Saturday, 7 January 2012

What could you offer the gods?

There are other some really interesting things about Bali I wanted to tell you about. When I think of Ubud I instantly think of rich colours, lush greenery, weather so humid it's almost swamp-like and Balinese music, which is traditionally played on an instrument called a gamelan. It sounded vaguely familiar to me at first and you may also think it is repetitive, but it's not. There is, however, something a bit creepy about it for me (I mean that with no offence intended at all). The actual sound of the gamelan is pleasant, but the music it makes is... I can't put my finger on it. They play it in a lot of places - even the arrivals "hall" (basically a small room) at the airport.

Have a listen and tell me what you think, or if it reminds you of anything. Feel free to skip this step by the way! I'm just trying to fully get across what my experience in this lovely place was like.

The next thing that was new to me in Bali was the Canang - or daily offerings - that turn every street into a colourful symbol of faith. These are basically little handmade baskets containing flowers, rice, incense and a variety of other presents for the gods. I saw different offerings include sweets, cigarettes, biscuits and even money! There are many reasons why these baskets amazed me; they're intricately woven and involve quite a bit of handiwork, they're beautiful, they're placed on pavements, doorsteps and even supermarket tills, and they are a sometimes thrice-daily ritual for Balinese Hindus (the majority of Balinese people follow this type of the religion) who believe that the gifts will appease the gods and help to keep demons and evil spirits at bay (there is a bit more to it than that, but that's the gist. The video below also explains it a little more).

The sad thing is, once the baskets are put in their place, it's not long until they blow away, get trampled on or a dog eats them. Apparently though, this doesn't matter, because by then the energy from the offering has done its job. For some reason this ritual fascinated me - especially when at the supermarket I was paying for some things and a woman comes over, puts a basket on the receipt printer, lights some incense, then recites some words while flicking water and flowers over the rice! You can see exactly what I'm talking about in the video below - it's at about the 4.30 mark. It's just so peaceful and serene, and beats being asked if I have a Nectar Card.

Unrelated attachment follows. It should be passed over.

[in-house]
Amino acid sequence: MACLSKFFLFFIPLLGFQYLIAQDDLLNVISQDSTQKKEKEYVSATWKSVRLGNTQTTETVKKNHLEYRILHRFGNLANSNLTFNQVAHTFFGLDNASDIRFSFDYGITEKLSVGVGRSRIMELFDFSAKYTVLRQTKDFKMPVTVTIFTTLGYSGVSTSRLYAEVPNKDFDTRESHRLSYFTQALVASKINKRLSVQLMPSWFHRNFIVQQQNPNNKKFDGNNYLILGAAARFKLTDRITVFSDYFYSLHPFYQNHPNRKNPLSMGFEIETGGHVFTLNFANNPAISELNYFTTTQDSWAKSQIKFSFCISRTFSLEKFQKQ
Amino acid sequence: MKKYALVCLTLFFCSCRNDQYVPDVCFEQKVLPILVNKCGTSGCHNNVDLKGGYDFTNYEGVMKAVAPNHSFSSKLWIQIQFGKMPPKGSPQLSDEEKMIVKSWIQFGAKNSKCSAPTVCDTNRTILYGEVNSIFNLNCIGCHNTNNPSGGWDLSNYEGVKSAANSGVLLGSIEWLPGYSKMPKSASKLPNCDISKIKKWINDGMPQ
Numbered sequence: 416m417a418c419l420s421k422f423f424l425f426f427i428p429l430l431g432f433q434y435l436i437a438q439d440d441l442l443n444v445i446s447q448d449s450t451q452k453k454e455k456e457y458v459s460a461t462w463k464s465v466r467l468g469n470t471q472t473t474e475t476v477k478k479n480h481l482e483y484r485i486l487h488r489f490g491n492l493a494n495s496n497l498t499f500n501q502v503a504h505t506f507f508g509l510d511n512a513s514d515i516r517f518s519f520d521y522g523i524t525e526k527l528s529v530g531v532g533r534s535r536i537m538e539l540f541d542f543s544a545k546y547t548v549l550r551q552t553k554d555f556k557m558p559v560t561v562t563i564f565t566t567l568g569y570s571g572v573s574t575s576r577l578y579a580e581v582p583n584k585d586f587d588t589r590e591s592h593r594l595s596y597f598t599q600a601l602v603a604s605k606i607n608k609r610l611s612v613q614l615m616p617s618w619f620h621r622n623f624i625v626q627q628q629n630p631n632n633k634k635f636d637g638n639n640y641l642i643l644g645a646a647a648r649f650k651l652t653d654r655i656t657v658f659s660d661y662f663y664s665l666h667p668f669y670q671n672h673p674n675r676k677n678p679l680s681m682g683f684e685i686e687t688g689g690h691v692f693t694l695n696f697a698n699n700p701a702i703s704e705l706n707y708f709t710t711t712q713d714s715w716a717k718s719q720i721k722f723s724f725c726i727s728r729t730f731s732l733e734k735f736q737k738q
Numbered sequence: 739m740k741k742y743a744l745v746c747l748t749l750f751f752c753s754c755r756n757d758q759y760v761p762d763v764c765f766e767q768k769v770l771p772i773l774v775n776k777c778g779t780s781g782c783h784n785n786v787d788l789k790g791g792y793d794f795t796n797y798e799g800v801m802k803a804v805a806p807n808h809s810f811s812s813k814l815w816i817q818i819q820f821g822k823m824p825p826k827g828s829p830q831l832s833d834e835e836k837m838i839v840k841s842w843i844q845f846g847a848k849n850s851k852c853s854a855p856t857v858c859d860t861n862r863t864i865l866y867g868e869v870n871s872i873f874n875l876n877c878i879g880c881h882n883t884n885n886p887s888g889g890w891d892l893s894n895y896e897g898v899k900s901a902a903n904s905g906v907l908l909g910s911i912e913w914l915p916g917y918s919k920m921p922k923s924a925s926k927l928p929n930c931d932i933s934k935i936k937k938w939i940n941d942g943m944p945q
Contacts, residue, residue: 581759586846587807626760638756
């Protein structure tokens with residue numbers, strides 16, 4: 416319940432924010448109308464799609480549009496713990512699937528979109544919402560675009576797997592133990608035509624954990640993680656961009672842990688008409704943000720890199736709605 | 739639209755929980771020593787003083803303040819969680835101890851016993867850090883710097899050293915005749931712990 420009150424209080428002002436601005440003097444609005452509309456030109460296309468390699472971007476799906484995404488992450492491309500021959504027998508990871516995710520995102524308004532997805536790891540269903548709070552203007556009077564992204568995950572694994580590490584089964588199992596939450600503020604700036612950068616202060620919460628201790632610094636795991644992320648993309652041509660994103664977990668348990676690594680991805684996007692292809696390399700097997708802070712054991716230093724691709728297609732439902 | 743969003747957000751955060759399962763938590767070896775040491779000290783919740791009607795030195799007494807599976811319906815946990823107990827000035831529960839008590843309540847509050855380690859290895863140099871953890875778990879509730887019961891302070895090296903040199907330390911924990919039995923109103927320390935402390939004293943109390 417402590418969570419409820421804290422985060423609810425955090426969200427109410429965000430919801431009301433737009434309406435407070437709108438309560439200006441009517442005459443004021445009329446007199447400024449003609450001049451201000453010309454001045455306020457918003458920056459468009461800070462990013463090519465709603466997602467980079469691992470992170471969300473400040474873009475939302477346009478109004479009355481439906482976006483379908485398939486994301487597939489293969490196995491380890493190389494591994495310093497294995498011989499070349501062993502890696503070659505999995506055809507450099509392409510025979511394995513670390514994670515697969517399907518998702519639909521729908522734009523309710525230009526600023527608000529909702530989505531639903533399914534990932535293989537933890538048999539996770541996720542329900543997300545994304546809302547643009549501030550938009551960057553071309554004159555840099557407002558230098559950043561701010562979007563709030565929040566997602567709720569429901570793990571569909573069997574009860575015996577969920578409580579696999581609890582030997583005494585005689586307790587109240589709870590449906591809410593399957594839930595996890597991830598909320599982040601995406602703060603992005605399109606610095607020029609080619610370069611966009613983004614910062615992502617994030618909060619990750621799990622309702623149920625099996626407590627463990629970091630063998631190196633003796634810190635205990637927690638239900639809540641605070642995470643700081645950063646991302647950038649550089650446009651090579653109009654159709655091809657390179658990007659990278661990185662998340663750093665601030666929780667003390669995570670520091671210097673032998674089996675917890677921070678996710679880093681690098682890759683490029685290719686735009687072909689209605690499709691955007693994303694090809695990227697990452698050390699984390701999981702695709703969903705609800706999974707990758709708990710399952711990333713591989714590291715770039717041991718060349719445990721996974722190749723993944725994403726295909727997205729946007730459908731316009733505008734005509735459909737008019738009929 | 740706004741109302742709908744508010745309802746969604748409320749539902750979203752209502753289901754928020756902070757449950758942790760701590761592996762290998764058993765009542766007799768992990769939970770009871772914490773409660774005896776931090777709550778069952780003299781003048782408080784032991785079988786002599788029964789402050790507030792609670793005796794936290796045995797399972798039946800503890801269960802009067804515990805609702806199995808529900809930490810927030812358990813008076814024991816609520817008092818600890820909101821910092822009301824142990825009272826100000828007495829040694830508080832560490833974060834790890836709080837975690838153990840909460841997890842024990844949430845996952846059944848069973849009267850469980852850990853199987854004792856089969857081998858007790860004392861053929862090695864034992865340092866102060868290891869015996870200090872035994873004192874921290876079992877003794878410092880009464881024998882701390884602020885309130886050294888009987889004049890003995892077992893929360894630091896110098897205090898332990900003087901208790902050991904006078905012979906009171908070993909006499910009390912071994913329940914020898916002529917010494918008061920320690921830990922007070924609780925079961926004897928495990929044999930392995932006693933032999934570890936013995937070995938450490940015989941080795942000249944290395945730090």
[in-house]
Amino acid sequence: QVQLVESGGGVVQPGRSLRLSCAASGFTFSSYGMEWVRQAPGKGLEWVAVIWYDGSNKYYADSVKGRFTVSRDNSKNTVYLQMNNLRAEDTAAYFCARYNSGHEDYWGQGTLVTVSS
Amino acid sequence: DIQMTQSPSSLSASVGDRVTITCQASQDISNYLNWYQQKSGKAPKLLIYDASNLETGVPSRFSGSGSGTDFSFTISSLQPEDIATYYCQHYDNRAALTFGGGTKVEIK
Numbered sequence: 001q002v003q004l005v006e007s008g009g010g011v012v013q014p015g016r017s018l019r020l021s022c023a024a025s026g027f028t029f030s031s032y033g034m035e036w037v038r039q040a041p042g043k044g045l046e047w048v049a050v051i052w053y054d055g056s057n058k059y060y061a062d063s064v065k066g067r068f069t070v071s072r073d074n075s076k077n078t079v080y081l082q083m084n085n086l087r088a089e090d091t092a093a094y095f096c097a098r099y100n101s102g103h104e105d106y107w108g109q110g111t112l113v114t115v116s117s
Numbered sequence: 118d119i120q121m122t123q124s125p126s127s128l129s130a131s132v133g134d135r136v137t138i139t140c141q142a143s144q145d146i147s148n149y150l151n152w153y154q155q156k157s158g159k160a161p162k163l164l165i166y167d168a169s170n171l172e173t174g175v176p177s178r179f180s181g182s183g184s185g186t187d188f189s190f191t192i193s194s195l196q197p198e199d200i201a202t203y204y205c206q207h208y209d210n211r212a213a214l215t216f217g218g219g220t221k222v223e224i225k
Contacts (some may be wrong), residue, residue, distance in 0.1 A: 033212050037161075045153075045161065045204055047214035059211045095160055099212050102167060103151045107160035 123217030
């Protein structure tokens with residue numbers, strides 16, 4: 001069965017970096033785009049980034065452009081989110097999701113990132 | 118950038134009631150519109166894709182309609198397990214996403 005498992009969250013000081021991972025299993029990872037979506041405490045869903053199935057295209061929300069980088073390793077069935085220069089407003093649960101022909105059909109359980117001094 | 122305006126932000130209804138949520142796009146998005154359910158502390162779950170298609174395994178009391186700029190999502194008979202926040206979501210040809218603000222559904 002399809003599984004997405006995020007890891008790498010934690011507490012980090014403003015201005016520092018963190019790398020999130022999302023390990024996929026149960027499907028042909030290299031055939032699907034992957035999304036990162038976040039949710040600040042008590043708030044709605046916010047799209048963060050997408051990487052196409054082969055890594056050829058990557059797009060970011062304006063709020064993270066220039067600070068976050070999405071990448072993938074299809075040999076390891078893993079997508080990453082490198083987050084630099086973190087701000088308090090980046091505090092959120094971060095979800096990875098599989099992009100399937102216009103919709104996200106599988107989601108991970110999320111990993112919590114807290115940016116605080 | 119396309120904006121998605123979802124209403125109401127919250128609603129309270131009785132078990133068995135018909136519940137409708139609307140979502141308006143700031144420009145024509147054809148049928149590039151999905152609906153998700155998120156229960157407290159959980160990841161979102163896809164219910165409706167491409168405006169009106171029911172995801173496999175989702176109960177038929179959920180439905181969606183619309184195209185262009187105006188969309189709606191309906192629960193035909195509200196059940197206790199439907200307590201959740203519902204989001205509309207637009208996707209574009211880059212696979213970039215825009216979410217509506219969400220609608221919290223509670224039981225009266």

One of my favourite pictures from my whole trip is this one. It's a collection of the baskets on a pavement one afternoon.


And here's the video... definitely worth a watch!

Comments encouraged as always!

Friday, 6 January 2012

Ubud, Bali

Bali is an Indonesian island located about a six-hour flight from Sydney. It's really popular with Aussies as a sunny holiday destination; although I knew this already after my hairdresser who had been there once said to me: "You know how Brits go to Magaluf? Aussies go to Kuta [a beach town in Bali]." Cue me making a mental note never to go to Kuta.

When I booked my trip I was given the option on my ticket of going to Bali or Fiji. To be honest, I didn't put a lot of thought into it, but a friend had been to the latter and said it was unequivocally "shit". Fair enough, Bali it is! I was pretty excited to start the Asia part of my trip and I would recommend Bali as a good introduction to this part of the world. No, I'm not saying it's all the same... it most certainly is not. But compared to where I had visited so far on my journey - North America and Australia - it was very different, yet easy enough to get around, not quite as chaotic as I was to find other parts of south-east Asia were, and really lovely and friendly.

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So, whereabouts in Bali should I start? This is actually a pretty difficult question, because while travelling gives you certain milestones to hit e.g. flights to catch, countries to leave and enter, it's totally up to you what you do inbetween. I can imagine that if you travel with a friend, it's fairly simple to bounce around a few ideas, read a few guides and just make a decision. But I found this part of the process quite tough! It definitely forced me to rely on my own instincts more and really weigh up the various choices, considering what I wanted and needed out of a destination, what I wanted to see or do, or simply where I liked the name of (ahem, I'd never rely on that method though, honest). Also, it's crucial when making this kind of decision to think about the practicalities. For example, my flight from Sydney (I had flown from Cairns to Sydney and then to Bali) didn't reach the capital, Denpasar, until 11pm at night. Call me a scaredy cat but as I was on my own this somewhat limited the amount of places I wanted to connect to that late.